When a ship comes in to port it may be the end of a voyage but it’s just the beginning of a whole range of administrative tasks that need to be done.
Customs declarations for cargo and ships’ stores; immigration clearance for crew and passengers and their baggage; import and export permits: these are just the tip of the iceberg. And when the ship leaves, it’s the same process all over again.
This is what we call Facilitation of International Maritime Traffic – or FAL for convenience.
FAL matters because, if it goes smoothly, shipments move more quickly, more easily and more efficiently. But if it goes badly, delays, inefficiencies and extra costs are inevitable.
Statistics show that countries with more efficient FAL infrastructure have better import and export figures. There’s a clear link between reducing red tape and competitiveness.
Efficient trade facilitation can help reduce transport costs and thereby contribute to sustainable development.
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For international shipping, a unified, global approach to FAL is vital. These activities are regulated and streamlined by an international treaty called the FAL Convention.
It’s been in force since 1967 but is kept continually amended and updated by Governments at the FAL Committee of IMO – which meets once a year at IMO’s London Headquarters.
The FAL Convention contains standards and recommended practices and rules for simplifying formalities, documentary requirements and procedures on ships’ arrival, stay and departure.
Under the FAL Committee, IMO has developed standardised FAL documentation for authorities and Governments to use, and the FAL Convention urges all stakeholders to do this.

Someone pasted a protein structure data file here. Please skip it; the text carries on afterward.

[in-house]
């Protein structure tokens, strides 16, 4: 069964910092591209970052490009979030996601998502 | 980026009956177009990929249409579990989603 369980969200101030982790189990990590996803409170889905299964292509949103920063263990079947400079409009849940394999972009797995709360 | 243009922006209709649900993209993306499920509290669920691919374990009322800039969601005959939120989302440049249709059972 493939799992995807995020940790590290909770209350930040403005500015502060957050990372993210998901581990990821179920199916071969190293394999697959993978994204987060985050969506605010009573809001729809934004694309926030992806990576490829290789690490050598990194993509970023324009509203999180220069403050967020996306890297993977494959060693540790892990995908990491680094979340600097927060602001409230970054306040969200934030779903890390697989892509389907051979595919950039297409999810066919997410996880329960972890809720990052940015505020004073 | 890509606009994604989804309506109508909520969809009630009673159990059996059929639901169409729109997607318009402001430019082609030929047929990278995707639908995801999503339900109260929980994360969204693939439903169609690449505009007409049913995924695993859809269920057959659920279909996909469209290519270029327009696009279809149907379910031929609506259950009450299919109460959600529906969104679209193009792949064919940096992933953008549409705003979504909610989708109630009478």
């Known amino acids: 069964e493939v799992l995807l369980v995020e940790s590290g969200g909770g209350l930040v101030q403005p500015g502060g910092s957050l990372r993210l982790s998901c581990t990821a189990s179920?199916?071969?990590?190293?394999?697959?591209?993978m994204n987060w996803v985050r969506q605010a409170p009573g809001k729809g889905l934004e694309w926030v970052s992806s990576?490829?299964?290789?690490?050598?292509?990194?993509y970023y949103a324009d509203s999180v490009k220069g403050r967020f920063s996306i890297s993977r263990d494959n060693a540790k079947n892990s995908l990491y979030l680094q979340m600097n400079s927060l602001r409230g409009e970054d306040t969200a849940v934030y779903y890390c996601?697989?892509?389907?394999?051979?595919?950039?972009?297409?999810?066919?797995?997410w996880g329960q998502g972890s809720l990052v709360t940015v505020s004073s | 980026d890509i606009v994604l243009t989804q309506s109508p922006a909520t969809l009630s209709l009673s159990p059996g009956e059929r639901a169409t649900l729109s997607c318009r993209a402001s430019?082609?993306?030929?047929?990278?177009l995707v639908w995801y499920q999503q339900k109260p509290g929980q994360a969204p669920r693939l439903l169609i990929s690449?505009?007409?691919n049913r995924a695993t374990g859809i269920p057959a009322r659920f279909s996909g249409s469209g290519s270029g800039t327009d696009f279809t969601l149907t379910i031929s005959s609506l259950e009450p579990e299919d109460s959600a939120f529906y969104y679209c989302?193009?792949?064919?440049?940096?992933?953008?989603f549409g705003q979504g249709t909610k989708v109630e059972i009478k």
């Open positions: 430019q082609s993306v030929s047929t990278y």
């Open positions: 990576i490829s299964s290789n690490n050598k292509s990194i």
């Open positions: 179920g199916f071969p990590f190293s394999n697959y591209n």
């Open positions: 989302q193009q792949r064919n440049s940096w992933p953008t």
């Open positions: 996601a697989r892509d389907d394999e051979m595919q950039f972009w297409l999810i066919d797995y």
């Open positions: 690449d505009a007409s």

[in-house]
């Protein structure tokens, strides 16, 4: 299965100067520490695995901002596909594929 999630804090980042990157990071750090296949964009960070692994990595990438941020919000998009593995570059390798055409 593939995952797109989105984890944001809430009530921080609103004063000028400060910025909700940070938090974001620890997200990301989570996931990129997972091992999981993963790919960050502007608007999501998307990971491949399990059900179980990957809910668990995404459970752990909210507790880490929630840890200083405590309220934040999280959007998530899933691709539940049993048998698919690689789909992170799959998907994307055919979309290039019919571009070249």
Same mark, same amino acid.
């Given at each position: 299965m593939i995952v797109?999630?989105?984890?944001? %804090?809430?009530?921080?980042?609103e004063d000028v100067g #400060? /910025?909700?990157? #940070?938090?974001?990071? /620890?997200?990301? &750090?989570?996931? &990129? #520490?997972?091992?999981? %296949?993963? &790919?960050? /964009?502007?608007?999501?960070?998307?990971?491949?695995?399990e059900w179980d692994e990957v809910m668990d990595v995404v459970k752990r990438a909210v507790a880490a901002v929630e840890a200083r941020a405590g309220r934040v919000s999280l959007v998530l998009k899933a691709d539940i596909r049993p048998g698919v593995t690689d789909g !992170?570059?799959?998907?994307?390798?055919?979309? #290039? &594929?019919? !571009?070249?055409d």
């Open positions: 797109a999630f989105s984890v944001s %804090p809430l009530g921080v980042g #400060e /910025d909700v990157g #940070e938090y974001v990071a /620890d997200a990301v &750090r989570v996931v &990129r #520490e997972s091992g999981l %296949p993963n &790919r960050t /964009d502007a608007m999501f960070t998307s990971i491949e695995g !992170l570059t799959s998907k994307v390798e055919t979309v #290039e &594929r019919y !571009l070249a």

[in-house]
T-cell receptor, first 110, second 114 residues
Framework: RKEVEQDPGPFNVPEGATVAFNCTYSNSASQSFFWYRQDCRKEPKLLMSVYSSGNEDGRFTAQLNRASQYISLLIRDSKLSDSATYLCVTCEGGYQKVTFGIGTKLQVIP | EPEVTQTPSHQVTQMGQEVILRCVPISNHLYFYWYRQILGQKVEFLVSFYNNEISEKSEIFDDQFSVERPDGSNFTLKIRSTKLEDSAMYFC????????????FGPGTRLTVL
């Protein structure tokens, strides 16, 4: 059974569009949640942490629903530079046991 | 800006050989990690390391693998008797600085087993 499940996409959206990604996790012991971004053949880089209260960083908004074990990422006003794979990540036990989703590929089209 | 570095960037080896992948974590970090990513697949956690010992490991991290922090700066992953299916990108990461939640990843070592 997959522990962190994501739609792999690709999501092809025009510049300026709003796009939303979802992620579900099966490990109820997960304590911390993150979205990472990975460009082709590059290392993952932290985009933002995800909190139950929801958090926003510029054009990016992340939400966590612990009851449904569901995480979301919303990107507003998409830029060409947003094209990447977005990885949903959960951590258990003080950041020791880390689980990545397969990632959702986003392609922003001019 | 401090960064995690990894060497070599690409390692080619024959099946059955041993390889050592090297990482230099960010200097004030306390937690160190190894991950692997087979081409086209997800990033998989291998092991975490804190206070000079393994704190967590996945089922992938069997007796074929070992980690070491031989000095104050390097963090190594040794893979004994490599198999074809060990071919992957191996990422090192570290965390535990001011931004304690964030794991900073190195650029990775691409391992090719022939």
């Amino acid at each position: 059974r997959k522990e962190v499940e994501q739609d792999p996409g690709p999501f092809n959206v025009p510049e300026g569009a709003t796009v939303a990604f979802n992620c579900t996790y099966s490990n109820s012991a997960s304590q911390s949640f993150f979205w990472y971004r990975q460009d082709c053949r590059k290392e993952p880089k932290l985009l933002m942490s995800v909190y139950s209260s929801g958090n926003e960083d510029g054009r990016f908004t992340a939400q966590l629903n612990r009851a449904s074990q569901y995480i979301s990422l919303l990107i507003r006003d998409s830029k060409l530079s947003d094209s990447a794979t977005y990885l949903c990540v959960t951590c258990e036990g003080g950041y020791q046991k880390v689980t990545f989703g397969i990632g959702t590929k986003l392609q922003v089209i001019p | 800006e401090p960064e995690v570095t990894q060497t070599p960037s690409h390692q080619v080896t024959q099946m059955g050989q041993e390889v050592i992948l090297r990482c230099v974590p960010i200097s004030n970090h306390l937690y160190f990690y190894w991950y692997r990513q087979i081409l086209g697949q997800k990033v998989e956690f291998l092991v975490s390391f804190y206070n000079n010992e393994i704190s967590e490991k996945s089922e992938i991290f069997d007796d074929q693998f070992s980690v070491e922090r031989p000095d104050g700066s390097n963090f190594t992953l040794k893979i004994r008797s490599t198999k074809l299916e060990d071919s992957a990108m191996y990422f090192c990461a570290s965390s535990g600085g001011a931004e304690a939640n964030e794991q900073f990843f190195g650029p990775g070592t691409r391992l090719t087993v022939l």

The FAL Convention will make it mandatory for ships and ports to exchange FAL data electronically and encourages use of the socalled “single window” concept in which all the many agencies and authorities involved exchange data via a single point of contact from 8 April 2019.
FAL is not just about ships and it’s not just about port authorities. There’s a wide range of stakeholders in the FAL process and everyone needs to be involved.
Governments are often represented at the FAL Committee by maritime or port authorities. But customs, health, police, immigration, agriculture, and defence authorities are all involved in the FAL process.
The FAL Convention recommends that Member Governments establish a national facilitation committee, involving all stakeholders, to develop a national facilitation programme, adopt practical measures and make recommendations.
Communication is vital. For the FAL process to work effectively, all stakeholders must get involved and talk to each other, at both the national and the international level. At the international level, the IMO FAL Committee is where this happens.